Don’t send conflicting messages to your customers.
Use the right language and imagery to convey what you want to communicate. Not all things that make sense to you will make sense to your customers.
Don’t imitate your rivals.
Given that you are selling the same goods or services as your competitors, you might want to do what you already know doesn’t work—don’t. Your competitors might have excellent branding. To make your company stand out in your sector, even more, consider what they do and add your own spin to it.
Maintain consistency between your online and offline actions.
While your print materials’ appearance may differ slightly from those of your online presence, your brand’s overall colors, typeface, theme, and message should all remain the same.
Scale without sacrificing.
Scaling identity only works when you iterate off your original song sheet… rather than producing a totally new song, Rosen advised me. “As your brand moves into new channels, resist the impulse to just chase trends that don’t connect with your company’s DNA.”
5. Keep an eye on your brand to preserve its identity.
Without monitoring important performance measures, it can be challenging to determine what you’re doing well (and what you’re not) in terms of marketing.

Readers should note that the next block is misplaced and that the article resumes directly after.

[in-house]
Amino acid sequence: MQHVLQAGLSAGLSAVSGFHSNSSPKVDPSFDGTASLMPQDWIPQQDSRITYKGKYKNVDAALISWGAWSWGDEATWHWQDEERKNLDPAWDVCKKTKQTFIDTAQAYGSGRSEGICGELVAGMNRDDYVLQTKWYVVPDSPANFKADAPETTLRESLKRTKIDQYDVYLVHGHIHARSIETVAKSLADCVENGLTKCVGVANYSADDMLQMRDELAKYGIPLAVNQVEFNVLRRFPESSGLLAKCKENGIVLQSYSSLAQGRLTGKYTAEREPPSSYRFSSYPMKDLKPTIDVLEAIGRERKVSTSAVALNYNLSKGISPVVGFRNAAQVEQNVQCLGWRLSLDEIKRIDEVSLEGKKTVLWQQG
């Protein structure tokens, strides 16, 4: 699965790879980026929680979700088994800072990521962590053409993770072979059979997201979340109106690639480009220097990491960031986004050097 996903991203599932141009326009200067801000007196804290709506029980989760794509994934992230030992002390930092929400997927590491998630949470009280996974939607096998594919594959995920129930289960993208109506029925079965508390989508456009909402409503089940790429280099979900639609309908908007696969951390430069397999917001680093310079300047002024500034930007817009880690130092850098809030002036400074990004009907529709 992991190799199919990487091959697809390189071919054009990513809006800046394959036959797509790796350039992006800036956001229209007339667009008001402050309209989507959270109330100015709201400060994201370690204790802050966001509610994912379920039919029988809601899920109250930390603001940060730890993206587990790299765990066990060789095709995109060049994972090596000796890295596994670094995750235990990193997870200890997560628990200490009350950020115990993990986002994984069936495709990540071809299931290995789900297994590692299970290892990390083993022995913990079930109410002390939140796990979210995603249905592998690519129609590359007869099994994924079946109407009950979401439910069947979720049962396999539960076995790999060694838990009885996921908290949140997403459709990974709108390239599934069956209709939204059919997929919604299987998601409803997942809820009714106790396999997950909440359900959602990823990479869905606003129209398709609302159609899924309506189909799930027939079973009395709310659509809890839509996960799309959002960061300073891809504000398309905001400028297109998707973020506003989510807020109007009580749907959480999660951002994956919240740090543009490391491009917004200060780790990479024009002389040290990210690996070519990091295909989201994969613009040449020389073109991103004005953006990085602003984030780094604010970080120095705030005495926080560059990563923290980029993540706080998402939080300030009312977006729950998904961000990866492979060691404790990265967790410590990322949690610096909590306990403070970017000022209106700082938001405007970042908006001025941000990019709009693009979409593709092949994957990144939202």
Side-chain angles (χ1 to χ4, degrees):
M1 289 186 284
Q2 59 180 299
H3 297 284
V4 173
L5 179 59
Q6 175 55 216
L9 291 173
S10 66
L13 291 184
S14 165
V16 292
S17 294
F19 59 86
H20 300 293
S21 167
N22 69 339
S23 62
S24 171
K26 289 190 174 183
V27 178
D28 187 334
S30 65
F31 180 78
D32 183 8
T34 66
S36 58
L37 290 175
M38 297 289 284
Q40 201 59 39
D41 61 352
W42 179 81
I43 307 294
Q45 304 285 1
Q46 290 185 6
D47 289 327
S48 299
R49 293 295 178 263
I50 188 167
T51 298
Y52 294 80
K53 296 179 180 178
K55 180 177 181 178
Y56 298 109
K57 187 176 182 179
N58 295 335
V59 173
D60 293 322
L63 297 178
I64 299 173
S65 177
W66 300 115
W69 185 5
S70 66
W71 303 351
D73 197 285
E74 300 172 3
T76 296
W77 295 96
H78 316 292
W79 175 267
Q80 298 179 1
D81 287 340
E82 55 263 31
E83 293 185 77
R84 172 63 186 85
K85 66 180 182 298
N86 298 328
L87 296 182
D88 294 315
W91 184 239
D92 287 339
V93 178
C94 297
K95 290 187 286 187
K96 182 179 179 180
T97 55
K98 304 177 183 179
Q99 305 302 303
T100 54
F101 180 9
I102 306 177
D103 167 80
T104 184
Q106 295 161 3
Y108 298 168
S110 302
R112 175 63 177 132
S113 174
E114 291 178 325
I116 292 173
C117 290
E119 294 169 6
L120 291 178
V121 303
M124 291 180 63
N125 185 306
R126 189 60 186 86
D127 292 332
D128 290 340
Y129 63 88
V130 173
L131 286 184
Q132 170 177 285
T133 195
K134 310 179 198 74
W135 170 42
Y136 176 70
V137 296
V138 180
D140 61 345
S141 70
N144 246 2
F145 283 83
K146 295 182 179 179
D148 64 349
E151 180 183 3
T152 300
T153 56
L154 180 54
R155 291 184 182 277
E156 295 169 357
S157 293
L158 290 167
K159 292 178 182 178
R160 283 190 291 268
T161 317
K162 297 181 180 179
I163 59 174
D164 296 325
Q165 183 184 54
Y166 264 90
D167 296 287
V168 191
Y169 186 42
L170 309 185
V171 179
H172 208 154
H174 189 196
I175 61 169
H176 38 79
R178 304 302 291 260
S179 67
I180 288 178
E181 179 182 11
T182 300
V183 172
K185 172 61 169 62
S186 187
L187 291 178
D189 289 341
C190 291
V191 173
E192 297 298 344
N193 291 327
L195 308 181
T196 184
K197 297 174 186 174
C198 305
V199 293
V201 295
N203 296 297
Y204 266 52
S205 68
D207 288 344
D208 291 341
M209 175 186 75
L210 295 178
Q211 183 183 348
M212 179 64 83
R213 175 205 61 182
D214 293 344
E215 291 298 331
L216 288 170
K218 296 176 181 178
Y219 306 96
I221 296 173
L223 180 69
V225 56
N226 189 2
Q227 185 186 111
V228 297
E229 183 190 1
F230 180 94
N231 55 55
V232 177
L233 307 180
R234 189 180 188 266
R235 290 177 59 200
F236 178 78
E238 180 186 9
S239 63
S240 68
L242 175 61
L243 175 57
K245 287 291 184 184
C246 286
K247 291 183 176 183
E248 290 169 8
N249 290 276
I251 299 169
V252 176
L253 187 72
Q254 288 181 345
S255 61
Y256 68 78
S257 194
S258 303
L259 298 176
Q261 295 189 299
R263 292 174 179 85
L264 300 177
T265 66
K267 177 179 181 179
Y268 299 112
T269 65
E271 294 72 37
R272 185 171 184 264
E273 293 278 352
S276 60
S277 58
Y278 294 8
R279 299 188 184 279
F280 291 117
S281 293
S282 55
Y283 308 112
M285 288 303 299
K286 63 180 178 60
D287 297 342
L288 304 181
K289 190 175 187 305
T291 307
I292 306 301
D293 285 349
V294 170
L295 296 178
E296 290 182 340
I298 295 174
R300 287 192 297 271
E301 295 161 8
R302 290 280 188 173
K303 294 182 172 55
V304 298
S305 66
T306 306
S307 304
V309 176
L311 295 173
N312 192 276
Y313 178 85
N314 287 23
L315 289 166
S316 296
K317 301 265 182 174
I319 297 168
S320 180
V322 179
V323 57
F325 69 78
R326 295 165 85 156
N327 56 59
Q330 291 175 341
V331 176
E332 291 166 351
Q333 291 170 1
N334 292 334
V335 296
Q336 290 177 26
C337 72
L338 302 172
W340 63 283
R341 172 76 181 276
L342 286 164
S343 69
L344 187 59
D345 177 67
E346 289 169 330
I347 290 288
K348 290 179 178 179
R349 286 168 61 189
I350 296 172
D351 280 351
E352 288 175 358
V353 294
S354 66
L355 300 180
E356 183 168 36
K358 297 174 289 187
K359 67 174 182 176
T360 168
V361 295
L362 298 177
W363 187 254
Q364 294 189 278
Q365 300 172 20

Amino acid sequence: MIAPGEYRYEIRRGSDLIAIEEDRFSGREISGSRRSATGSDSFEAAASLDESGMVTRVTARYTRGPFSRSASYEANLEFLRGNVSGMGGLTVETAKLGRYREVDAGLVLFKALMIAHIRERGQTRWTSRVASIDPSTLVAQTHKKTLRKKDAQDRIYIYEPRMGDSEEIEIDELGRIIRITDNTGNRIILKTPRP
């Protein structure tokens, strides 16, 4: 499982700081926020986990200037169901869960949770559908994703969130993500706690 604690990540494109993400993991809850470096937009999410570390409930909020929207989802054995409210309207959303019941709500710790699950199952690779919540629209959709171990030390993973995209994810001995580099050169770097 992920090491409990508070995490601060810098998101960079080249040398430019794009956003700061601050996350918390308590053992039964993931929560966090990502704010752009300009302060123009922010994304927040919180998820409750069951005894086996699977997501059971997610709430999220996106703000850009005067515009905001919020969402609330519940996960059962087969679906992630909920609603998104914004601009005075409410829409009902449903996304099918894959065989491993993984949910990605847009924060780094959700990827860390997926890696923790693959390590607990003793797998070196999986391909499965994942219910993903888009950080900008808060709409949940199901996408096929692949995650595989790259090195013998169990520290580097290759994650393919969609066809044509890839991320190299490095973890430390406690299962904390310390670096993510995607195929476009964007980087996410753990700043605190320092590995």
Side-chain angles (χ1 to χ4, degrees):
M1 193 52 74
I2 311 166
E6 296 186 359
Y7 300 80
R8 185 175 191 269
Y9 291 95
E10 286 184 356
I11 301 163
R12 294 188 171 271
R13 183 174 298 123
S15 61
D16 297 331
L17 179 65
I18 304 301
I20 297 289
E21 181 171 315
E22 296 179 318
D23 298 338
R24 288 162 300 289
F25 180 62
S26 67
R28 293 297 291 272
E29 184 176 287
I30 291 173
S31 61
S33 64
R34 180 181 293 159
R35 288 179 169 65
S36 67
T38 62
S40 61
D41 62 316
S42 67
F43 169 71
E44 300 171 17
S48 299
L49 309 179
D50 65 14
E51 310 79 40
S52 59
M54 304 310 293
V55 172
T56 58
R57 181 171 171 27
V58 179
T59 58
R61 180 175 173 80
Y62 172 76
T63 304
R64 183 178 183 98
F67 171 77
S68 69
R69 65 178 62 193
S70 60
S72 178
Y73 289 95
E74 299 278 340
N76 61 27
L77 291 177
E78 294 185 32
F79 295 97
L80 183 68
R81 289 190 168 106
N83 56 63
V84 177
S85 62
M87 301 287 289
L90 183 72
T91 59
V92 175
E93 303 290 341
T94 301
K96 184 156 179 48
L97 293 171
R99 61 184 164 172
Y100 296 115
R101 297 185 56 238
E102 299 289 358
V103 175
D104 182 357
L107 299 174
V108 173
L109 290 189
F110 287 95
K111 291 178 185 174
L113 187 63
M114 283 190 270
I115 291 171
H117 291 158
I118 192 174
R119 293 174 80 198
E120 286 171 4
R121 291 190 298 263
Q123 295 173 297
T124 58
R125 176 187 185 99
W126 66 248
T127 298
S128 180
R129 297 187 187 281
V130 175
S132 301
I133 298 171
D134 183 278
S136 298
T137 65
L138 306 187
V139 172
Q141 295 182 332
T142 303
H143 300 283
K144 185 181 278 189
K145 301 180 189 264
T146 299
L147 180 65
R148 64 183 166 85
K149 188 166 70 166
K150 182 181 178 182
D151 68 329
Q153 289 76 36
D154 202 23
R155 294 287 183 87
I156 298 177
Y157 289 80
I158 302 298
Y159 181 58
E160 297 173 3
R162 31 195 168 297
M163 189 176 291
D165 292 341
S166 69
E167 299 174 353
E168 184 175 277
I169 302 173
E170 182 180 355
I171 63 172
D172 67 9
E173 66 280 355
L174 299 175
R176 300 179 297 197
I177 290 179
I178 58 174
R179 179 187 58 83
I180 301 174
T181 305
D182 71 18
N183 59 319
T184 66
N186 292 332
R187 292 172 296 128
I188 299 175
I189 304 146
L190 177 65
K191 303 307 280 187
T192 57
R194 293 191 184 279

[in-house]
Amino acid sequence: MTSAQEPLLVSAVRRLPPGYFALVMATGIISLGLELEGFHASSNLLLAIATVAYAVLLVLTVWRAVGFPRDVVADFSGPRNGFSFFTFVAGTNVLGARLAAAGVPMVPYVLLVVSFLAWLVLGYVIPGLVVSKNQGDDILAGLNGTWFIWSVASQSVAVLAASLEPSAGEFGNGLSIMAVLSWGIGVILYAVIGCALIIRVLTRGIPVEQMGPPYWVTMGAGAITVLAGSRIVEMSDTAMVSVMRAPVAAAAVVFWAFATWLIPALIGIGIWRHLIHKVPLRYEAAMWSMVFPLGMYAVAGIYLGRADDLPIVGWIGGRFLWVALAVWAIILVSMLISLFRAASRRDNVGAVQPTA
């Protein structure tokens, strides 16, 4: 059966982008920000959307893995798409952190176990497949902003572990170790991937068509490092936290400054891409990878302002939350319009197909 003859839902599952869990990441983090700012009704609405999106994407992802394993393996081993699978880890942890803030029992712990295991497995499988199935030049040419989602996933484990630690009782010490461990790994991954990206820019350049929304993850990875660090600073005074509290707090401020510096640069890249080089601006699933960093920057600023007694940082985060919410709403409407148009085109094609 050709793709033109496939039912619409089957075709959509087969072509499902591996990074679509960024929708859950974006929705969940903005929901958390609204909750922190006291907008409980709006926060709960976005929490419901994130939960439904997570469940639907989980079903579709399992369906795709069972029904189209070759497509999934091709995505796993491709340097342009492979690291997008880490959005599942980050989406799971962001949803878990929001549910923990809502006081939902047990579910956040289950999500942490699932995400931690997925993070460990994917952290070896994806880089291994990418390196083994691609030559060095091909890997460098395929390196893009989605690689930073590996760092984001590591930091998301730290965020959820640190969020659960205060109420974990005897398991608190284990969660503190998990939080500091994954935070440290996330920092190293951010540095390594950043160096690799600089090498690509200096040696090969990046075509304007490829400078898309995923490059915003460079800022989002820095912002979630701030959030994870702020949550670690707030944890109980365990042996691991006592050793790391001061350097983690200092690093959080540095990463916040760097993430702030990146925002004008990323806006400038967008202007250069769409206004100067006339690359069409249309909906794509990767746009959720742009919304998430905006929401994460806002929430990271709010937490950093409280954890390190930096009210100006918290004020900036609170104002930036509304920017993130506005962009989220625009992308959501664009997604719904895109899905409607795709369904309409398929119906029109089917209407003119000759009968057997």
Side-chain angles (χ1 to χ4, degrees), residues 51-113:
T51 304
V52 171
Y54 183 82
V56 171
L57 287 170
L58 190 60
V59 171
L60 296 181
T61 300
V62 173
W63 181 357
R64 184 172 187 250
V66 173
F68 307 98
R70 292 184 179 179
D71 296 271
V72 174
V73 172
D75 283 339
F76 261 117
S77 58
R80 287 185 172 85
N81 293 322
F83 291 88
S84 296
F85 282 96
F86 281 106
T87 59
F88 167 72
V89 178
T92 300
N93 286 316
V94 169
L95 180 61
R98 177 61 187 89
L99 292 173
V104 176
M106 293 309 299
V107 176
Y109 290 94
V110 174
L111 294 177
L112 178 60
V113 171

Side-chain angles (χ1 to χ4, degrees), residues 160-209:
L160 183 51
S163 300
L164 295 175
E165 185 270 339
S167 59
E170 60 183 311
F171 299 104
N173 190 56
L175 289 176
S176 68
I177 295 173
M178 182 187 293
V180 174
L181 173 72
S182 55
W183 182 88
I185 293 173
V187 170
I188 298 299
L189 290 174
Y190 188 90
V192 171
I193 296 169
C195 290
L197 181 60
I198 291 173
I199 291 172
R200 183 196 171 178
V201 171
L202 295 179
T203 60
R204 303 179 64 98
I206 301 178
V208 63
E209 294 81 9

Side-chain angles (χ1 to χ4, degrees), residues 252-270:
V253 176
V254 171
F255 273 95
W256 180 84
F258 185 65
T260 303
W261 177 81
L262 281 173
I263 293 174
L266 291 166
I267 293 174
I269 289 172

Utilize Google Analytics, polls, comments, social media debates, and other tools to track your brand and understand how people perceive and engage with it. This will provide you with the chance to alter your brand as necessary, whether it’s to fix a mistake or strengthen brand identification.
If your product lives up to the buzz you create, you’ll start to build momentum with customers who believe in your brand, says Zabik, “Test, learn, and optimize. Figure out what sets your brand distinct from your competition and learn to communicate that in a way that builds trust.
Develop a Brand Identity That Customers Will Remember
Consistent use of type, color, pictures, and language is necessary to develop a distinctive brand, but it’s worthwhile. You’ve gone beyond being just a name and a sign when customers can instantly understand who you are and what you stand for based only on your logo.
Want more advice on branding identity? D’marketing Agency provides further brand identification ideas. Visit our website now!